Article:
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Options for this young (<50yo) patient with a painful right knee

  • Exhaust concervative treatment
    • PT, NSAIDS
    • off loading brace
    • Cortisone injections
  • Valgus producing tibial ostotomy 
    • Contraindications
      • Inflammatory arthritis
      • Less than 90 deg flexion
      • Flexion contracture > 10 deg
      • Ligament instability (varus thrust)
      • Lateral tibial subluxation > 1cm
      • Medial compartment bone loss
      • Lateral compartment joint space narrowing
    • Predictors of failure
      • Smoking
      • > 60
      • Varus > 10
      • Other arthritides
  • Closing wedge problems
    • Patella baja
    • Loss of posterior slope
  • Opening wedge
    • Nonunion
    • Loss of valgus correction


Contraindications to HTO

Inflammatory arthritis
Less than 90 deg flexion
Flexion contracture > 10 deg
Ligament instability (varus thrust)
Lateral tibial subluxation > 1cm
Medial compartment bone loss
Lateral compartment joint space narrowing


Predictors of failure of HTO

> 60
Varus > 10
Other arthritides


Options for this 65yo male with painful right knee?

  • Exhuast non-operative
    • ​PT, NSAIDS
    • cortisone injection
    • offloading brace
    • Cane, mobility aids
  • UKA vs HTO vs TKA
  • UKA benefit over HTO and TKA
    • Smaller incision
    • Better knee function
    • Shorter stay with less pain

  • Technique
    • Do not overcorrect - can cause early failure
    • Varus - correct to 1-5 deg of valgus
  • Contraindications
    • ACL deficiency (strongest)
    • fixed varus or valgus deformity > 10 degrees
    • restricted motion
      • < 90° of flexion
      • fixed flexion contracture of > 10°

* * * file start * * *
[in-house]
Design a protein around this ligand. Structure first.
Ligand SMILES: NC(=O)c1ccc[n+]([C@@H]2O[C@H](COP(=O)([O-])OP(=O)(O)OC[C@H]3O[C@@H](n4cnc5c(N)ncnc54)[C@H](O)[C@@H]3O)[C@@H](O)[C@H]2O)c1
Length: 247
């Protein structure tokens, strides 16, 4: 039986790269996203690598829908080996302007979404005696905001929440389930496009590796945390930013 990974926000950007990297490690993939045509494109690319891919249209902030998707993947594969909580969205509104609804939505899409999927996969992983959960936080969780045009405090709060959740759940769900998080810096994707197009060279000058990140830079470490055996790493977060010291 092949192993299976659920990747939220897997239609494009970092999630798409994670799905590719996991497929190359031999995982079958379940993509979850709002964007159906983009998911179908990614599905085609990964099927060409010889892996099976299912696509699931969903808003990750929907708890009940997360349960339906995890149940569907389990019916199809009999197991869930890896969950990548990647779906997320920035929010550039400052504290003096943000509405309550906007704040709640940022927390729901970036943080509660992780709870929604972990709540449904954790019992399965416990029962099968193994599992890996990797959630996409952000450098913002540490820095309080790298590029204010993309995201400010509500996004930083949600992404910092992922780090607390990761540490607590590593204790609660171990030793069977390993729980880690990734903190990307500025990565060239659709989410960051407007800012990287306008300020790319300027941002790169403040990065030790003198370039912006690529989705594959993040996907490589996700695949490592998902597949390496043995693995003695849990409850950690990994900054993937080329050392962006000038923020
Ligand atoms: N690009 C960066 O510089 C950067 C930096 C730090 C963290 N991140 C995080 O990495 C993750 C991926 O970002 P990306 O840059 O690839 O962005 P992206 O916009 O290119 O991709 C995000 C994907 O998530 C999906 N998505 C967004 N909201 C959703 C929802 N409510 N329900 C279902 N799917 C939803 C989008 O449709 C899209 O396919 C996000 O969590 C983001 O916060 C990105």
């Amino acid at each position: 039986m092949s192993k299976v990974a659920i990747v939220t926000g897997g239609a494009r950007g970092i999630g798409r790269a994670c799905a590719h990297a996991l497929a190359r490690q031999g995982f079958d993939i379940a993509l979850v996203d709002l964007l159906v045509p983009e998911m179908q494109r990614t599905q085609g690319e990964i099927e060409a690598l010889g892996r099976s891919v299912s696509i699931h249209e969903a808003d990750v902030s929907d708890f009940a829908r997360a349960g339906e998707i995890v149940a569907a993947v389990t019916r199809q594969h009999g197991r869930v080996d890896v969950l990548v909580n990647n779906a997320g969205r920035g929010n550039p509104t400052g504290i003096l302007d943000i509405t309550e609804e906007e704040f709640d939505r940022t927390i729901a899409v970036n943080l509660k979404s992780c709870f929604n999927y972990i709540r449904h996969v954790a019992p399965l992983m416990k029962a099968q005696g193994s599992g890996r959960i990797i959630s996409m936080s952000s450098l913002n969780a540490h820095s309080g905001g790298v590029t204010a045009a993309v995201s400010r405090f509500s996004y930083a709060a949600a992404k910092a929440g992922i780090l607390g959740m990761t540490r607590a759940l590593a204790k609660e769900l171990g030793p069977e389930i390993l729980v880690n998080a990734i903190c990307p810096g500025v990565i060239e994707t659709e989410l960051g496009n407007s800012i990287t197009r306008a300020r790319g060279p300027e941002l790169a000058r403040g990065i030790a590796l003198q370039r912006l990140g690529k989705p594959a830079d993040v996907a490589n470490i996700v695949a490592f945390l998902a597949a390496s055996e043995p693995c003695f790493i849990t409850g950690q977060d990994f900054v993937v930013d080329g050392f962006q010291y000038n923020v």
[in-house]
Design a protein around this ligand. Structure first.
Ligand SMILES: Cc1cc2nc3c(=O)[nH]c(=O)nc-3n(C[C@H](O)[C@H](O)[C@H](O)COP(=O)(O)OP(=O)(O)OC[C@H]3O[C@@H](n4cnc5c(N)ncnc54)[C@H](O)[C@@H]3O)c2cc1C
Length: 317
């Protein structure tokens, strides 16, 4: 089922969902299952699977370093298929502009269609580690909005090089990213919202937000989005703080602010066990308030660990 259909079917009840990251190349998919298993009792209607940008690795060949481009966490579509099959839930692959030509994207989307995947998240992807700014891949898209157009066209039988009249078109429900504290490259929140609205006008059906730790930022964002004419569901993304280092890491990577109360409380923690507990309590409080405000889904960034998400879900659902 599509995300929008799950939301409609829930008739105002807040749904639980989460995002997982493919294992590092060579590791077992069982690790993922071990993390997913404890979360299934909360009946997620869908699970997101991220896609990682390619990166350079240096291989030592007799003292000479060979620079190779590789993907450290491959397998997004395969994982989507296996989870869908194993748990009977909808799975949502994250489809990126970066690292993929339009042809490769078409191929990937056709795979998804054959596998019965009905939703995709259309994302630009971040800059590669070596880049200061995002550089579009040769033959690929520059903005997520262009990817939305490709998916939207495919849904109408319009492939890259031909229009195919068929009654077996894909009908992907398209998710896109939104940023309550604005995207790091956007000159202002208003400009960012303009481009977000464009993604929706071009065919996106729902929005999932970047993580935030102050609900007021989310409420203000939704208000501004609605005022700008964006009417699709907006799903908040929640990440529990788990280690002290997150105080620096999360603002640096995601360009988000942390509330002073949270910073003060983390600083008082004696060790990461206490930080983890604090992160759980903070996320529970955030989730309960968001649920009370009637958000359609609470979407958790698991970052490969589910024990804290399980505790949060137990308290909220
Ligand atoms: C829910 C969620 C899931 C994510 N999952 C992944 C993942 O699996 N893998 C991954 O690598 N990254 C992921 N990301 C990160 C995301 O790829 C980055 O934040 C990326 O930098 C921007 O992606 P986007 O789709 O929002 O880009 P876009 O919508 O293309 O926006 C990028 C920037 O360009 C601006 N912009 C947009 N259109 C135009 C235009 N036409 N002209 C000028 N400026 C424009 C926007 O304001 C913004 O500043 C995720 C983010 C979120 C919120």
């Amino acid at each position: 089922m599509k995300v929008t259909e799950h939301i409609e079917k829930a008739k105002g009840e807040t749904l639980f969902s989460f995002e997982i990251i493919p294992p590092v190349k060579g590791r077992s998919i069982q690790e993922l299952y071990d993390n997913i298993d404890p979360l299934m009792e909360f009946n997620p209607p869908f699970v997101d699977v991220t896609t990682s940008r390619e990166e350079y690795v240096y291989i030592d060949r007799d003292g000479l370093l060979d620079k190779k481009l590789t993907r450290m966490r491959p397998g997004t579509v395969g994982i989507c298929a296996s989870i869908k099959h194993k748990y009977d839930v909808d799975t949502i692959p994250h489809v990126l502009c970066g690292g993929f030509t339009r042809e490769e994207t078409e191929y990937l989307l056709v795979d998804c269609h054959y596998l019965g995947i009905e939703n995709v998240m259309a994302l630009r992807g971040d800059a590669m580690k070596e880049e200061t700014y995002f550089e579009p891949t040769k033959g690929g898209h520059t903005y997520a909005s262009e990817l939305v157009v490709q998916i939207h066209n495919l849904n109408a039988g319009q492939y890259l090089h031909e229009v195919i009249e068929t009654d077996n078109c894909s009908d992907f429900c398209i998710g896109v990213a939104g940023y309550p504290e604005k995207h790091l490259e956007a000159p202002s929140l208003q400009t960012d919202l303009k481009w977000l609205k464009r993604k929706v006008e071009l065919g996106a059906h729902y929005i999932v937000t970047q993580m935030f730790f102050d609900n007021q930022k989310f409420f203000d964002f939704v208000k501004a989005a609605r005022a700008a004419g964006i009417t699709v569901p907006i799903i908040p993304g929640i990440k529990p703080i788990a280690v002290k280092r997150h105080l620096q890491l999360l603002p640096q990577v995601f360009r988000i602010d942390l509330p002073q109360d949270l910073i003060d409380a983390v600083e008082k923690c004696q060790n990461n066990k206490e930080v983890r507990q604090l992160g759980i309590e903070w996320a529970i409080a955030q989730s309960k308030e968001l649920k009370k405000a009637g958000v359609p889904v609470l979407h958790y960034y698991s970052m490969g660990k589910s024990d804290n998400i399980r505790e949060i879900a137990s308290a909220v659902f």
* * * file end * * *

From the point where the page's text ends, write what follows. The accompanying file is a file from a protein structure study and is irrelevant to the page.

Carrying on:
• joint subluxation of 5 mm or greater
    • arthrosis of the additional compartment
      • modest Outerbridge Stage II chondromalcia of patella is acceptable
    • non-osteoarthritis arthritis
    • younger high activity patients and heavy laborers
    • overweight patients (> 90 kg)
  • Selection criteria
    • Pain must be localized to the compartment being replaced
    • Anterior knee pain means patellofemoral disease
    • Global pain means tricompartmental disease
  • Complications
    • Stress fractures
      • best visualized on bone scan
      • Usually on the tibial side
    • Tibial component collapse
      • poor mechanical properties of the bone
    • Failure
      • Overcorreciton
  • Undercorrection
  • Fixed-bearing (loosening)
  • Mobile bearing (diseae progression)
  • Patellar impingment (requires revision to TKA)


Normal alignment of the knee

Lateral proximal femoral angle: 90 degrees

Mechanical Lateral distal femoral angle: 88 degrees

Anatomic Lateral distal femoral angle: 81 degrees

Medial proximal tibial angle: 87 degrees
Lateral distal tibial angle: 89 degrees



What is this depicting and what are your considerations when measuring the deformity?

CORA - center of rotation of angulation

  • Draw a line threw the axis of the distal and proximal end
  • If there is only angulation - will occur at the apex of deformity